Taming Temper Tantrums

A child who’s in the middle of a temper tantrum is a wild, uncontrollable creature who may scream, kick or hit anyone who’s nearby. The scene is unpleasant but not uncommon. Parents should remain calm and resist the urge to give in to their child’s demands. Communication, setting limits, and explaining rules can help control a child’s outbursts.

Why Children May Experience Temper Tantrums

Toddlers between the ages of 18 to 24 months most likely to throw tantrums. Their brains are still developing and, as a result, these young children have less self-control when they are upset. Toddlers often have tantrums when they cannot express their feelings in words. They may throw tantrums when they feel tired or hungry, so parents should make sure they are rested and well fed. They shouldn’t be overstimulated or taken out if they are tired.

Older kids create scenes if they are frustrated and feel they can’t communicate. Parents need to take time to listen to their kids each day. Reasoning with a child in the midst of a tantrum is usually unsuccessful, since children are too out of control to listen. Some parents give their children what they want just to stop the tantrum. This may put a halt to the screaming, but it also teaches kids to throw tantrums whenever they want something.

How to Deal With Tantrums That Arise in Public

Many parents share horror stories about being stuck at the supermarket or the mall with a screaming child. It’s awkward to deal with tantrums out in public, but getting angry and yelling usually makes the situation worse. Parents need to maintain their authority and composure. The child should be told that their behavior is unacceptable and given a choice — they can either calm down or you will remove them from the situation.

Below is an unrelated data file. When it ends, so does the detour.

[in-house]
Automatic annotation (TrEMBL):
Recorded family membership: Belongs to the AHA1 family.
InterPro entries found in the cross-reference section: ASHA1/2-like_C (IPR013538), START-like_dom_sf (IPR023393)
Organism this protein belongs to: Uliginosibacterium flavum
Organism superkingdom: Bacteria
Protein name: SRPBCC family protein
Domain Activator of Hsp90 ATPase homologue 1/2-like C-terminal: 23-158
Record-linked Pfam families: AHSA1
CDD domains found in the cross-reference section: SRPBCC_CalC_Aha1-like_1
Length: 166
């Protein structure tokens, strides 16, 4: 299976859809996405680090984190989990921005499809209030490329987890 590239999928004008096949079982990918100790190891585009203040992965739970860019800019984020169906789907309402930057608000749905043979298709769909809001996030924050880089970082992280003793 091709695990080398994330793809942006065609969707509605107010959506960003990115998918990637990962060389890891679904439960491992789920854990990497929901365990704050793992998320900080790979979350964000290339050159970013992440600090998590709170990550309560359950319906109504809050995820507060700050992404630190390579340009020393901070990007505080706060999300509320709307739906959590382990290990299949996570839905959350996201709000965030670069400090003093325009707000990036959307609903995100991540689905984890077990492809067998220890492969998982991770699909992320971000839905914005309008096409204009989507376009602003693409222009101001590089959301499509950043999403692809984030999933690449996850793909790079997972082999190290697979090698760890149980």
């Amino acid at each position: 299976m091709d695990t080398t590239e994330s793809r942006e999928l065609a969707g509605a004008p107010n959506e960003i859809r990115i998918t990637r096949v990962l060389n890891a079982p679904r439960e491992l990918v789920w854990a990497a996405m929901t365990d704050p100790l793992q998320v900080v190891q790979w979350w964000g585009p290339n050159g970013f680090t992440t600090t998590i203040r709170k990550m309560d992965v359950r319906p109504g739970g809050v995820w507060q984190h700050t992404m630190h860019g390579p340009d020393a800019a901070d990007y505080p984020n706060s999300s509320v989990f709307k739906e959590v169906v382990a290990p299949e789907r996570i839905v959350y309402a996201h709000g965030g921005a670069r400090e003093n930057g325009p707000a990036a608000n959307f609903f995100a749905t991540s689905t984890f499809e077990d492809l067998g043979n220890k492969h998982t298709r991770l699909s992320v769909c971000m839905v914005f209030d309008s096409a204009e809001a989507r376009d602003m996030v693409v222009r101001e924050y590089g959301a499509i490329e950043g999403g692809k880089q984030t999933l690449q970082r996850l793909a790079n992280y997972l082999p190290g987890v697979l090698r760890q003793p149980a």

If it’s not possible to leave, the child should be given a consequence such as a time out at home. If the child is screaming in the checkout line, the parent should stay calm.

Sometimes parents spank their kids to quiet them down, but hitting hurts and does more harm than good. When you hit a child to discipline them, children become afraid of you and do not learn how to control themselves or how you want them to behave. Hitting a child may make them want to hit back instead of behaving better and teaches them that “might is right” and that they can hit others to get what they want. Hitting hurts the parent-child relationship and can become a bad habit for parents who don’t know what else to do, so parents should hit their children.

Children feel bad about themselves when they are out of control and punishing them only increases their sense of helplessness. Parents should ignore the outburst and pick a quiet time later in the day to discuss better ways of communicating.

How to Deal With Tantrums That Arise at Home

Parents should simply ignore a child who throws a tantrum at home. They need to know that they will not be allowed to disturb others and that you will listen to them when they’re quiet. They may need to be held to quiet them down, but you should not talk to them when in the midst of the trantrum. Once the child is calm, you can discuss what happened and how they could improve their behavior the next time they’re upset. Teach them to use words to express their feelings, suggest ways to politely ask for things they want, and praise them once they have calmed down.

Kids learn from their parents’ example. If parents remain calm, children are more likely to settle down too. By ignoring tantrums, parents let kids know that nothing is achieved by yelling and screaming. It’s normal for kids to throw tantrums, but adults can teach them better ways of expressing themselves that will reduce their tendency to fly into a rage.


The UPMC Healthbeat blog features several articles by pediatric experts where you can learn more about building positive relationships with your children, including:

UPMC also offers several parenting workshops, both virtual and in-person in the Pittsburgh area. A list of current classes and workshops can be found on this page.